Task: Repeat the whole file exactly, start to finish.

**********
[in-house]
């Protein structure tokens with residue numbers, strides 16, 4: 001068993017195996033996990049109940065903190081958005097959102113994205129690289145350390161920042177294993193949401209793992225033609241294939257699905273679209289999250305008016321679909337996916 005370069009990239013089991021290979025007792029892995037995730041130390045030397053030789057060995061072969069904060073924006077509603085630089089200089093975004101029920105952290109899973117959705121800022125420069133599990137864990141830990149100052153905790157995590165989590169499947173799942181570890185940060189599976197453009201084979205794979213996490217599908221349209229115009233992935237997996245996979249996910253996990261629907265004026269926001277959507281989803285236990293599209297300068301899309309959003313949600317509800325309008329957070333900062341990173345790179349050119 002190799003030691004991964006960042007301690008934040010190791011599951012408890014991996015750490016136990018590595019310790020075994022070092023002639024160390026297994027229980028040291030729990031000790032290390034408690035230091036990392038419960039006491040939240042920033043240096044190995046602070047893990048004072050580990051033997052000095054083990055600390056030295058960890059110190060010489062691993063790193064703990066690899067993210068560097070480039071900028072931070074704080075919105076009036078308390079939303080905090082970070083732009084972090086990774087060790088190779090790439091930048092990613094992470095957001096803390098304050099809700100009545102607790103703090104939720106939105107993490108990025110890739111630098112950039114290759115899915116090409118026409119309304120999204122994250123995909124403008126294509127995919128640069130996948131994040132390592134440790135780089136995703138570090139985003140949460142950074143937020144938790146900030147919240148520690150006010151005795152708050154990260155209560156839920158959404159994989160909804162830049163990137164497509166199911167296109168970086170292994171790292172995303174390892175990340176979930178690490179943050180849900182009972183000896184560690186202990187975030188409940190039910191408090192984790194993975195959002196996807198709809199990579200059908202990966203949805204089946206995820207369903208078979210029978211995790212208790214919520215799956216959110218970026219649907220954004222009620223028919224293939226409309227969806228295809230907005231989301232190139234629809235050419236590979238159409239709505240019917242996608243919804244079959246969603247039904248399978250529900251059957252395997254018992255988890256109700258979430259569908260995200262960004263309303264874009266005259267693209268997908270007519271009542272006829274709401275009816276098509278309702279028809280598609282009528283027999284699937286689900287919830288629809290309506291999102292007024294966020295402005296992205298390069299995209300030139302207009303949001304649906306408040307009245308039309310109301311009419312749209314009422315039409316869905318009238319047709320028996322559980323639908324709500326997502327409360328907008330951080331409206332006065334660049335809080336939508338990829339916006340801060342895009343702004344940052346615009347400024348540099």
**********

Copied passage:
[in-house]
């Protein structure tokens with residue numbers, strides 16, 4: 001068993017195996033996990049109940065903190081958005097959102113994205129690289145350390161920042177294993193949401209793992225033609241294939257699905273679209289999250305008016321679909337996916 005370069009990239013089991021290979025007792029892995037995730041130390045030397053030789057060995061072969069904060073924006077509603085630089089200089093975004101029920105952290109899973117959705121800022125420069133599990137864990141830990149100052153905790157995590165989590169499947173799942181570890185940060189599976197453009201084979205794979213996490217599908221349209229115009233992935237997996245996979249996910253996990261629907265004026269926001277959507281989803285236990293599209297300068301899309309959003313949600317509800325309008329957070333900062341990173345790179349050119 002190799003030691004991964006960042007301690008934040010190791011599951012408890014991996015750490016136990018590595019310790020075994022070092023002639024160390026297994027229980028040291030729990031000790032290390034408690035230091036990392038419960039006491040939240042920033043240096044190995046602070047893990048004072050580990051033997052000095054083990055600390056030295058960890059110190060010489062691993063790193064703990066690899067993210068560097070480039071900028072931070074704080075919105076009036078308390079939303080905090082970070083732009084972090086990774087060790088190779090790439091930048092990613094992470095957001096803390098304050099809700100009545102607790103703090104939720106939105107993490108990025110890739111630098112950039114290759115899915116090409118026409119309304120999204122994250123995909124403008126294509127995919128640069130996948131994040132390592134440790135780089136995703138570090139985003140949460142950074143937020144938790146900030147919240148520690150006010151005795152708050154990260155209560156839920158959404159994989160909804162830049163990137164497509166199911167296109168970086170292994171790292172995303174390892175990340176979930178690490179943050180849900182009972183000896184560690186202990187975030188409940190039910191408090192984790194993975195959002196996807198709809199990579200059908202990966203949805204089946206995820207369903208078979210029978211995790212208790214919520215799956216959110218970026219649907220954004222009620223028919224293939226409309227969806228295809230907005231989301232190139234629809235050419236590979238159409239709505240019917242996608243919804244079959246969603247039904248399978250529900251059957252395997254018992255988890256109700258979430259569908260995200262960004263309303264874009266005259267693209268997908270007519271009542272006829274709401275009816276098509278309702279028809280598609282009528283027999284699937286689900287919830288629809290309506291999102292007024294966020295402005296992205298390069299995209300030139302207009303949001304649906306408040307009245308039309310109301311009419312749209314009422315039409316869905318009238319047709320028996322559980323639908324709500326997502327409360328907008330951080331409206332006065334660049335809080336939508338990829339916006340801060342895009343702004344940052346615009347400024348540099």